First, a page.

Rap-A-Lot Records released Pimp C's solo debut, Sweet James Jones Stories, on March 1, 2005. Bun B later released his own solo foray, Trill, on October 18, 2005. It opened at #6 on the Billboard Hot 200, and also peaked at #1 on Billboard's Top R&B/Hip-hop Album chart.

On December 30, 2005, Pimp C was released from prison and was to be on parole until December 2009.[8][9] He released his first post-incarceration album, titled Pimpalation, on July 25, 2006.[10]

On August 7, 2007, the group released their fifth studio album, the self-titled Underground Kingz. It was a double album, containing 26 tracks and spanning two discs.[11] Featured guests included Talib Kweli, Too Short, Rick Ross, Z-RO, Three 6 Mafia, Slim Thug, OutKast, as well as hip-hop legends Kool G Rap and Big Daddy Kane on a Marley Marl-produced track titled "Next Up". The album also featured British rapper Dizzee Rascal on the track "Two Types of Bitches",[11] following UGK's guest appearance in Rascal's own album Maths + English for the track "Where's Da G's". The album featured production by DJ Paul & Juicy J, Jazze Pha, Swizz Beatz, The Runners, Lil Jon, fellow Texas legend Scarface, and Pimp C.[12] DJ Paul and Juicy J produced the second single, "International Player's Anthem (I Choose You)". They had used a similar beat on Project Pat's album titled Layin' Da Smack Down in 2002.

The album got a positive reception, both commercially and critically. It received a 4-star rating from Allmusic, and reached #1 on the Billboard Hot 200 album charts. "International Player's Anthem (I Choose You)" became the group's only single to chart on the Billboard Hot 100 pop charts, where it peaked at #70.

2007–09: Death of Pimp C and breakup[edit]

On December 4, 2007, Pimp C was found dead at the Mondrian Hotel in West Hollywood, California, after Los Angeles County Fire Department responded to a 9-1-1 call. They arrived to his sixth-floor hotel room to find him dead in bed. This was three days after he performed with Too Short at the House of Blues in Los Angeles.[13][14]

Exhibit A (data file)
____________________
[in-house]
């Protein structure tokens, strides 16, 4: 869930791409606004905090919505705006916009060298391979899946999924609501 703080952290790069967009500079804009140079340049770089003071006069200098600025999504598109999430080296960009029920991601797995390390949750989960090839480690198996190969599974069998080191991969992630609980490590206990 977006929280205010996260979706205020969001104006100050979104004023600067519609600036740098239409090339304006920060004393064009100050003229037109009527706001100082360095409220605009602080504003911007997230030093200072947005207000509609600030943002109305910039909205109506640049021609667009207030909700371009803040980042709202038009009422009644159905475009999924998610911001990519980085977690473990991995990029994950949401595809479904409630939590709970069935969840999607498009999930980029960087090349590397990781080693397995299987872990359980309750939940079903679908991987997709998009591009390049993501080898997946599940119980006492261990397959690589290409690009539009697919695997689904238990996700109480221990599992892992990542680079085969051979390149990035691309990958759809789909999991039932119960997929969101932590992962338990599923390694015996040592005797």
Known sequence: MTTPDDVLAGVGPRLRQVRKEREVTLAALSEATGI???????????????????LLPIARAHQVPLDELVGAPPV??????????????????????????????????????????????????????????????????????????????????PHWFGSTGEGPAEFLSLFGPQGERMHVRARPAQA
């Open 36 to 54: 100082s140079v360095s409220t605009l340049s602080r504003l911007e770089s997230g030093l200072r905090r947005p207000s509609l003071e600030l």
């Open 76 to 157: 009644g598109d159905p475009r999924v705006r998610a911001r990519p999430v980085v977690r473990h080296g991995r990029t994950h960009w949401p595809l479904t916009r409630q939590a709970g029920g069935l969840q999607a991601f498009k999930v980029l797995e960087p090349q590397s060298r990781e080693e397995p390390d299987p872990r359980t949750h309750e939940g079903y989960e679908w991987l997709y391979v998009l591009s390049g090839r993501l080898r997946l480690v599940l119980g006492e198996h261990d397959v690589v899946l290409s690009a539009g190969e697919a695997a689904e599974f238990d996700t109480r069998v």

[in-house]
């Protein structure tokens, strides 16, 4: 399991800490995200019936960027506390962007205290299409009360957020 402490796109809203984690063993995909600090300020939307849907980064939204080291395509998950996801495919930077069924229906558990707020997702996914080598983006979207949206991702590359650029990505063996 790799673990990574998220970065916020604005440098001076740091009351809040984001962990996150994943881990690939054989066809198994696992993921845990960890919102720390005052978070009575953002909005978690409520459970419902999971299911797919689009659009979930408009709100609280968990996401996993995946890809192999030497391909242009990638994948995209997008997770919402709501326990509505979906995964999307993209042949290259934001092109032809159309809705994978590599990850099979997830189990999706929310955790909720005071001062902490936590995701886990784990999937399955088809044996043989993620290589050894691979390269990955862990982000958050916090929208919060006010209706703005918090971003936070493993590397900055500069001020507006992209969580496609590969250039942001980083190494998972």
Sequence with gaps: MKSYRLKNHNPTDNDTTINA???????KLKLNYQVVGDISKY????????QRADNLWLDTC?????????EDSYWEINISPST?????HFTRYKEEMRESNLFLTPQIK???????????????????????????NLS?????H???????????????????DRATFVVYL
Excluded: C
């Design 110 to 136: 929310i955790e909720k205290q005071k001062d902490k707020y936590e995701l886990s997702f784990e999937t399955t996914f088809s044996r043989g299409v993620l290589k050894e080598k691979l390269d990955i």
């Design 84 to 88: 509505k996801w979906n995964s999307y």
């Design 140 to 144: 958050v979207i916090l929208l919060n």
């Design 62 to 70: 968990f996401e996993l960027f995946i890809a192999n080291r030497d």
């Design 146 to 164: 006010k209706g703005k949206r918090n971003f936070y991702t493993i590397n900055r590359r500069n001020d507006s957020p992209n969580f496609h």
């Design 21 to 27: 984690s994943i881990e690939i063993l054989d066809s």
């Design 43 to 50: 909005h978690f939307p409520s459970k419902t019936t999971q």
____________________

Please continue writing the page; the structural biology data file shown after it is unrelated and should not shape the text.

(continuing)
Bun B was interviewed a few days later by radio DJ Madd Hatta, and an audio recording has been posted online.[15]

In 2008, Bun B stated in an interview that there would be one last UGK album released, before he permanently becomes a solo act: "Yea, we’re still putting together this last UGK record too, because there’s a lot of music that we’ve already recorded for it," said Bun B. "I think that album itself is going to be a little bit weird."[16] UGK 4 Life was released in 2009.


Studio albums[edit]

Extended plays[edit]


Year Nominee / work Award Result
BET Awards
2008 "International Players Anthem" (featuring Outkast) Video of the Year Won
UGK Best Group Won
BET Hip Hop Awards
2007 "International Players Anthem" (featuring Outkast) Best Collabo, Duo or Group Won
Best Hip Hop Video Nominated
Grammy Awards
2001 "Big Pimpin'" (with Jay-Z) Best Rap Performance By a Duo or Group Nominated
2008 "International Players Anthem" (featuring Outkast) Nominated
Ozone Awards
2006 UGK Legend Award Won
2008 Best Group Won
"International Players Anthem" (featuring Outkast) Best Video Won
Underground Kingz Best Album Nominated


  1. ^ a b c Westoff, Ben (2011). Dirty South: OutKast, Lil Wayne, Soulja Boy, and the Southern Rappers Who Reinvented Hip-Hop. Chicago Review Press. p. 72. ISBN 978-1569766064. Retrieved August 3, 2019.
  2. ^ Bush, John. UGK biography. Allmusic. Accessed December 9, 2007.
  3. ^ Jeffries, David. Too Hard to Swallow. Allmusic
  4. ^ UGK Billboard Album Chart Positions. Allmusic. Accessed December 9, 2007
  5. ^ Harris, Chris. UGK's Pimp C To Be Released From Prison Within A Month. MTV News: December 6, 2005.
  6. ^ Jeffries, David. Pimp C biography. Allmusic. Accessed December 9, 2007
  7. ^ Jeffries, David. Jive Records Presents: UGK Chopped and Screwed. Allmusic: 2004
  8. ^ Rapper Pimp C Released from Prison. Associated Press/Billboard: December 30, 2005.
  9. ^ Rodriguez, Jayson. Ex-Con Pimpet C Juiced For UGK Album, Says He Has Lessons To Teach. MTV News: November 13, 2006.
  10. ^ Jeffries, David. Pimpalation. Allmusic: 2006
  11. ^ a b Jeffries, David. Underground Kingz. Allmusic: 2007
  12. ^ Cohen, Jonathan. UGK Dropping Double Album In December Billboard: October 25, 2006
  13. ^ " - Rapper Pimp C Found Dead(R.I.P.) in Hollywood Hotel Room (December 4, 2007)". Retrieved August 5, 2011.
  14. ^ " - Report: UGK Rapper Pimp C Found Dead In L.A. (December 4, 2007)". December 30, 2005. Retrieved August 5, 2011.
  15. ^ "Bun B Interview". December 7, 2007. Retrieved August 5, 2011.
  16. ^ Burgess, Omar (March 10, 2008). "Bun B Says Another UGK Album Is Forthcoming | Hip Hop News >". Retrieved August 5, 2011.

External links[edit]